All aspects of IMR mfging is now controled, even so much as it's most basic elements to create the "Ingredients" that make these powders! You would have to make/create/mine/farm your own chemicals and elements just to begin making your own ingredients... to mfgr your own IMR Powders... once you have established the correct/safe "Processes" to begin Mixing them.

...And if I may mention... again, "All the while you are being hunted by the PTB for mfgr'ing a Class 1.3 Explosive as a Pirate/Terrorist without permission by the very PTB that have gone to very great lengths,(for decades), to keep these things from YOU."

(But other than that... count me in.)

*Sigh*

Michael

[ 03-06-2009, 11:29 AM: Message edited by: C. M. Wolf ]

--------------------
"Argue for your limitations, and in the end, when all is said and done, they're your's!"

"Sheeple & Shepherds, pick one! You can't be both no matter how you dress."

The higher ya go... the higher ya can get! Mountain Men Rock!

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Kunkmiester
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Black markets are everywhere. Make sure there's a chain of people who know people, and that they can get a hold of what's needed when needed. Also store the capital that will be needed to start and continue the process.
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goinpostal
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I wonder how hard it would be to manufacture"Trounds",but in a more conventional brass cartridge shape so they could be used in a regular firearm.You would think with the advances in injection molded polymers that something like that would have hit the shelves by now.Building an injection mold would be easier than trying to manufacture brass casings from scratch.It seems to me that if an all plastic 2 shot dbl bbl assasin pistol can be made,then it shouldnt be to hard to come up with a disposable plastic cased cartridge 25yrs later.

--------------------
I want to die in my sleep just like my Grandpa.Not yellin and screamin like the passengers in his car.

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shooter19802003
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Manufacturing brass cases isn't that hard. A lot of african hunters and folks that shoot odd balls do it all the time. It is just time consuming.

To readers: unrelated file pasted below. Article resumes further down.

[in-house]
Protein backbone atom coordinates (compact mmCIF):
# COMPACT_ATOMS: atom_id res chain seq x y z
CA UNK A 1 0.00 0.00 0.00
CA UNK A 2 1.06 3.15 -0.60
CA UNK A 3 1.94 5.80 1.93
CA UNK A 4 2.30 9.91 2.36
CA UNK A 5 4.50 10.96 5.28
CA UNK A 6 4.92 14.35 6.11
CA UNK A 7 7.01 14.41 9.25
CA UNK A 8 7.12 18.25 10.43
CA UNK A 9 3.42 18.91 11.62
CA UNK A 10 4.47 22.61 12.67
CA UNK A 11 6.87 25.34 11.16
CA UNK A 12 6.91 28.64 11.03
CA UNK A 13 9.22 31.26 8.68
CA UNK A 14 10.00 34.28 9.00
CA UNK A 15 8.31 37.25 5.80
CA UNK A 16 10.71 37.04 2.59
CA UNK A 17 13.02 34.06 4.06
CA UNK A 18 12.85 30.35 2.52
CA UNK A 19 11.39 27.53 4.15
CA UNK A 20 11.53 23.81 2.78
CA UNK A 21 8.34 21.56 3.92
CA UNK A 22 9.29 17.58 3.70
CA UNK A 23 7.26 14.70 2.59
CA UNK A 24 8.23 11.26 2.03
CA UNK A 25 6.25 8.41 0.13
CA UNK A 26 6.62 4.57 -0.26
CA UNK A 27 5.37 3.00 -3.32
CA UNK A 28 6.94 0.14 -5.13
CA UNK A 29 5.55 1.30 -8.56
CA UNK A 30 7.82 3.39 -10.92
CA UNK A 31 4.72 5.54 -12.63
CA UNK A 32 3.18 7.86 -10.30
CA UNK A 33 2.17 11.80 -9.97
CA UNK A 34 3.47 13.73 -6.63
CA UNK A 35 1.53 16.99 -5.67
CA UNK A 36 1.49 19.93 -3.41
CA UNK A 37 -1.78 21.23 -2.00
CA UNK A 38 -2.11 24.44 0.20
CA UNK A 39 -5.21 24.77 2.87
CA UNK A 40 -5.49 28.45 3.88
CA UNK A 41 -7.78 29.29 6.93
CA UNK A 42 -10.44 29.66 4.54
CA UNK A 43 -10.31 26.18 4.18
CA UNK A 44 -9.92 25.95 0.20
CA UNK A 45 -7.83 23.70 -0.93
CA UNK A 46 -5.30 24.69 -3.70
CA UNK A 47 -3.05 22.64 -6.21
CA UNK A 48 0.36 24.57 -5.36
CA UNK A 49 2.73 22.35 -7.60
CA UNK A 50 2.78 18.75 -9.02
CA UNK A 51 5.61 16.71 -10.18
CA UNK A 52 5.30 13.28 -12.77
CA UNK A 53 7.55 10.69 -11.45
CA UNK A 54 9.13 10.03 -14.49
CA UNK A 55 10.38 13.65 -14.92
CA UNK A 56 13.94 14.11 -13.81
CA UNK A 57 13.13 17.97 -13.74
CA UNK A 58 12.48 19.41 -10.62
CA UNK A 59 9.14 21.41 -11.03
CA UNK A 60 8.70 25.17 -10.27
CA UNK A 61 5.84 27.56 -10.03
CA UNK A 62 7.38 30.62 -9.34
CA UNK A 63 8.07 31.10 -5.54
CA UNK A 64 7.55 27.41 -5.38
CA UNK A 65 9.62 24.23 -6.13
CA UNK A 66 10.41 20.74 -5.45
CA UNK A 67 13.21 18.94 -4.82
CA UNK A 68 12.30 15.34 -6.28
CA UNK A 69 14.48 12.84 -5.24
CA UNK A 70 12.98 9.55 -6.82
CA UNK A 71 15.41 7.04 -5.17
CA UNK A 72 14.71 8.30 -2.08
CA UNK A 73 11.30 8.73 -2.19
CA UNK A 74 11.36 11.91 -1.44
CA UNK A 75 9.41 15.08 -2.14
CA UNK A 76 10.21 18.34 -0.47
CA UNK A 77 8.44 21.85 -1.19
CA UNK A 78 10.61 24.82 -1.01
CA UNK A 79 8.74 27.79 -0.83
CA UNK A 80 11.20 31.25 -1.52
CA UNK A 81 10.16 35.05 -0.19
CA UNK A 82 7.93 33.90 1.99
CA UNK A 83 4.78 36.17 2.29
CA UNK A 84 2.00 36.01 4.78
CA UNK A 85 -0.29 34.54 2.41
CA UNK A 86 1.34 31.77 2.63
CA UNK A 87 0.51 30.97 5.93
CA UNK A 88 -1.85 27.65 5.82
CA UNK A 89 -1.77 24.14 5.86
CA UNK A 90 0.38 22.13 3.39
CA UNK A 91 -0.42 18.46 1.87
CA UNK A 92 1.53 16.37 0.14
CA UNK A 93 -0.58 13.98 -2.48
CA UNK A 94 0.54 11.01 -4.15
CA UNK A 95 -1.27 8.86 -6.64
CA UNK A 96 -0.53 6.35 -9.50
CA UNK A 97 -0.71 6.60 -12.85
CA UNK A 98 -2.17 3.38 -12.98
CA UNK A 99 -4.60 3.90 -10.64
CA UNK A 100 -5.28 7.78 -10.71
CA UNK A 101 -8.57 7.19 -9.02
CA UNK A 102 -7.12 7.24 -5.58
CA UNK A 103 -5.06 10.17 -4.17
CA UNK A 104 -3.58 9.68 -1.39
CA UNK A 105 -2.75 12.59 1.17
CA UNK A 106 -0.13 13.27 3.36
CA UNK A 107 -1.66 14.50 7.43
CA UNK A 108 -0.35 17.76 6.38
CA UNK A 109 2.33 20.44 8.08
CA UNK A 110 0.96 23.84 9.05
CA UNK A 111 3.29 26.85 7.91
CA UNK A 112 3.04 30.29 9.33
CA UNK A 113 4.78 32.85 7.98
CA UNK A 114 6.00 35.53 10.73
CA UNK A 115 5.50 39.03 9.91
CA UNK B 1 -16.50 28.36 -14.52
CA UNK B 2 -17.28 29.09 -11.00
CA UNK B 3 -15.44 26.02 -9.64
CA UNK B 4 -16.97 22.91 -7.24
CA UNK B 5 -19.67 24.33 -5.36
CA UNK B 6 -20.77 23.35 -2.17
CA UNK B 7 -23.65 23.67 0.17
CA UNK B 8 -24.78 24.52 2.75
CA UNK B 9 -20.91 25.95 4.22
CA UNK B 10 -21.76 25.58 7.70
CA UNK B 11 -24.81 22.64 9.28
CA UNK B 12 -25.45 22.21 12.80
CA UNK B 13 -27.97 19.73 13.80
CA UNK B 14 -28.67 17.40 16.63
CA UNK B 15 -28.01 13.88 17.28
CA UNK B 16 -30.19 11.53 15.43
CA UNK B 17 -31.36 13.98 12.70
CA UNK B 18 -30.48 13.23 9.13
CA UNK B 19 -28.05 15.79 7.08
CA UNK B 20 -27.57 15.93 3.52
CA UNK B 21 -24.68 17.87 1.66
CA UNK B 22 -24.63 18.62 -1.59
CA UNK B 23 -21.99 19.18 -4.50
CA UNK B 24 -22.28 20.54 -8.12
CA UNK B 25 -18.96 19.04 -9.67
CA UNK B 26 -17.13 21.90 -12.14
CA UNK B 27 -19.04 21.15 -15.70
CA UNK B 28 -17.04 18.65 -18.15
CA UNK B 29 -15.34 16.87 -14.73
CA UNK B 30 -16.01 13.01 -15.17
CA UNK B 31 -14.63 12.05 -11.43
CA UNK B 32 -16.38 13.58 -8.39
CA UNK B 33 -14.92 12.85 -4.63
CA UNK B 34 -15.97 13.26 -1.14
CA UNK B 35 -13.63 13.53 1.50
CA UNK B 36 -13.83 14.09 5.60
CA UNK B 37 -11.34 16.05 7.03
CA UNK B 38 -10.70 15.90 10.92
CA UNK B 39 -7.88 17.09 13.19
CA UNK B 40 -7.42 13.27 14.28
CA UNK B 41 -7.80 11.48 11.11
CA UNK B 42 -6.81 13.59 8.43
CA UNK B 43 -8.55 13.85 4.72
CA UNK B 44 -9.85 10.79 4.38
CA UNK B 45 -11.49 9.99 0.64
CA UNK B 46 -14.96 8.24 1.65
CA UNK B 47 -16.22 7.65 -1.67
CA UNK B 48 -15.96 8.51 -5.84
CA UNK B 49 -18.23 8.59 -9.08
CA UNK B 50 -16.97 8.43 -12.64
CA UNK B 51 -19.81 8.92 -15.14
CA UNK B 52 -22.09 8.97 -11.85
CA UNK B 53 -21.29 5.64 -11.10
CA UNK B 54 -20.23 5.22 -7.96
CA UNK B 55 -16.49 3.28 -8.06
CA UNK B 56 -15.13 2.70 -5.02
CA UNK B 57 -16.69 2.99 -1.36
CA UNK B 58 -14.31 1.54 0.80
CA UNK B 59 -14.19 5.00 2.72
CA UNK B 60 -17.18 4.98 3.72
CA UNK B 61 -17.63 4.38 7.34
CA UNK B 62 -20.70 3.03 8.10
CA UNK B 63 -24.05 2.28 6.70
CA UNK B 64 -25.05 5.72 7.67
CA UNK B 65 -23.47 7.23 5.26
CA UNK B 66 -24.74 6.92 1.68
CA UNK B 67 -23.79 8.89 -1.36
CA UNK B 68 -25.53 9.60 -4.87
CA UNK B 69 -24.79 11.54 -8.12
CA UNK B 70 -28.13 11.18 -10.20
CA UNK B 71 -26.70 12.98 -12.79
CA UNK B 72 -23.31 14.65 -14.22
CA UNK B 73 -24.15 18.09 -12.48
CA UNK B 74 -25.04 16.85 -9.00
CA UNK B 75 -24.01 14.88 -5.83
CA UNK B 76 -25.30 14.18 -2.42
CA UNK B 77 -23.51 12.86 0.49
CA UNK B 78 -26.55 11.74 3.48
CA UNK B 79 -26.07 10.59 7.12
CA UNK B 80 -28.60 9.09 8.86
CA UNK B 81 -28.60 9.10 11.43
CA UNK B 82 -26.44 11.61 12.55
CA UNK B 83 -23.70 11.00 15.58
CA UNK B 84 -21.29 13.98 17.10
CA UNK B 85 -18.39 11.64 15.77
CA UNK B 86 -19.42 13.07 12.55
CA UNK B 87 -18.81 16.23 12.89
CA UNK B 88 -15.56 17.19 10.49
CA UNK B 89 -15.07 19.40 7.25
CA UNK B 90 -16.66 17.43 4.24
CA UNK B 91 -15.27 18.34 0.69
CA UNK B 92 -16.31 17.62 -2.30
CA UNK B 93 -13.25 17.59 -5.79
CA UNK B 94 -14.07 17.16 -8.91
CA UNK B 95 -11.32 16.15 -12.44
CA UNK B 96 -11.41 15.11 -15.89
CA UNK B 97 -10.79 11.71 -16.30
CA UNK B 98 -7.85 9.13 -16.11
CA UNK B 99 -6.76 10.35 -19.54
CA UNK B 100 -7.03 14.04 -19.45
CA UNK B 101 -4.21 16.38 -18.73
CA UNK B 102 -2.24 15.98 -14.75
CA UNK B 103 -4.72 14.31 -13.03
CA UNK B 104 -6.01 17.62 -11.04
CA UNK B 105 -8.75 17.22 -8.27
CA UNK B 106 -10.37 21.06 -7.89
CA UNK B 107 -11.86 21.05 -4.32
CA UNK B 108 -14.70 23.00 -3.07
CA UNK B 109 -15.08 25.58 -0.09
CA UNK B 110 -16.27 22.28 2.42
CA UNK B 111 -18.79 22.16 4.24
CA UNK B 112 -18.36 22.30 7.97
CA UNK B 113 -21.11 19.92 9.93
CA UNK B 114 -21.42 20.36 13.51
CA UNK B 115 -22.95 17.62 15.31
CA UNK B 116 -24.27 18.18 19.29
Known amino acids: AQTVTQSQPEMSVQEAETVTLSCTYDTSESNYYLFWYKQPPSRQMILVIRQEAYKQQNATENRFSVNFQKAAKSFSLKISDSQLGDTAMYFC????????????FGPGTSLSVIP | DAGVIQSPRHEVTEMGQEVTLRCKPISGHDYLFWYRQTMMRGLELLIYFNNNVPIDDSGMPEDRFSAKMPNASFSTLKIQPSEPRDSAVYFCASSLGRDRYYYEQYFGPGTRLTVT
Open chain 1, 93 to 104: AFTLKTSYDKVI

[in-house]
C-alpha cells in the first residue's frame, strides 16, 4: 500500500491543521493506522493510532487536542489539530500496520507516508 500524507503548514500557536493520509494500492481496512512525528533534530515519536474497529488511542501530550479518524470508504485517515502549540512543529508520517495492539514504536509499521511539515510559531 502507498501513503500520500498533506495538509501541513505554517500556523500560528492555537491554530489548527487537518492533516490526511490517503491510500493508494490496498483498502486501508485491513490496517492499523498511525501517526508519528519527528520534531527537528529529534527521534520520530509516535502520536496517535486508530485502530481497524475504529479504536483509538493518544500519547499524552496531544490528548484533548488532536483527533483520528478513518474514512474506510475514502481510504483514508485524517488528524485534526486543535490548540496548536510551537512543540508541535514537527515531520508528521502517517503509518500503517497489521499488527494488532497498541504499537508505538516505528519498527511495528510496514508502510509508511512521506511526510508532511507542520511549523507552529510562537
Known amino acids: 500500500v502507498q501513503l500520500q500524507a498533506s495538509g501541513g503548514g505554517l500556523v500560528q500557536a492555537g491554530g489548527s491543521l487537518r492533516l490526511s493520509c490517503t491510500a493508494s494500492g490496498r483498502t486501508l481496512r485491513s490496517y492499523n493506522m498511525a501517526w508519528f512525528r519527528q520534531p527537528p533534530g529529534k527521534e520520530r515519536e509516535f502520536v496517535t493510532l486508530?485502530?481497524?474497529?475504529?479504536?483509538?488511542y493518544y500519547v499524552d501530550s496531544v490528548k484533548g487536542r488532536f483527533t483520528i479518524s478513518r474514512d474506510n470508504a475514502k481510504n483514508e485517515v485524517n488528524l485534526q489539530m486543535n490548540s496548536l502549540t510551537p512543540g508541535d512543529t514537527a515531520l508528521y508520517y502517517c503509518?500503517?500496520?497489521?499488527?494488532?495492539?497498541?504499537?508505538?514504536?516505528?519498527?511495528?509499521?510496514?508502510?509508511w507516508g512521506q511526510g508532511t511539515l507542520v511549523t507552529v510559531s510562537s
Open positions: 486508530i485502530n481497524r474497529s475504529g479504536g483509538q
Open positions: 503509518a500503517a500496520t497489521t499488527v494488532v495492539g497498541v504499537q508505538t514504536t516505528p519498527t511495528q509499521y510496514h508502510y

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J. Croft
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Have you read any old books on turning out a rifle cartridge? You need several multi-ton presses for any production run. Which require a lot of power, take up a lot of space, make a lot of noise-got all that covered in a way that would make it undetectable?

One option is to go the way of the meth dealer/businessman on Breaking Bad; have laundromats and fast food franchise and at the laundromat have a secert compartment underneath one of the laundry machines and below is a meth lab. Or a fully functional ammunition plant-IF you can justify the raw materials being ordered.

--------------------
Be your own leader

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Rudy
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If you need bullet jackets, there are tons of companies that can stamp out thousands of them in just minutes.

I used to check out the hard cover editions of the THOMAS REGISTER for these manufacturers. There is no need to tell them what they are manufacturing. For all they need to know is that it is the top of a ball point pen, or part of a toggle switch.

Subcontract it out if you can't do it.

--------------------
Rudy out
"Once the pin is pulled, Mr. Handgrenade is no longer our friend."

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J. Croft
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Bullet jackets can be mistaken for something else. Cartridge cases are another matter as it would take a full blown retard to see an extractor rim or a necked down piece of brass and not think it was a cartidge casing being manufactured surreptitiously.

Making them in a gun-friendly plastic with metal extractor rims/primer holders would be better, but you'd most likely need a specific blend of plastics and chemicals and would still have to come up with ways to acquire such chemicals under ruse or find a recipe using plastic items far too common to ever hopefully track down/ban.

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Posts: 1535 | From: somewhere-where am I? | Registered: Feb 2007  | Report this post to a Moderator
Rudy
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If you would buy them now when there are no restrictions on them it sure would make things easier in the future.

We looked at buying some from the military at a auction. Due to the ammo shortage the price skyrocketed. Last year's auction saw 1.5 million 5.56 cases go for $675. This year's auction had 1.7 million cases of 5.56 and 3 million 9mm cases and the auction ended at $36,000!

Now that ammo is again becoming available the price should start to fall again.

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Posts: 2113 | From: 43BN-37FF | Registered: Feb 2004  | Report this post to a Moderator
J. Croft
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If you can buy brass now-do it.

Just remember our situation will be like the Boers; limited amount of rifles, limited stocks of ammunition and supplies for reloading with NO prospects for acquiring more save for battlefield captures... you have to win and and be able to make off with them first.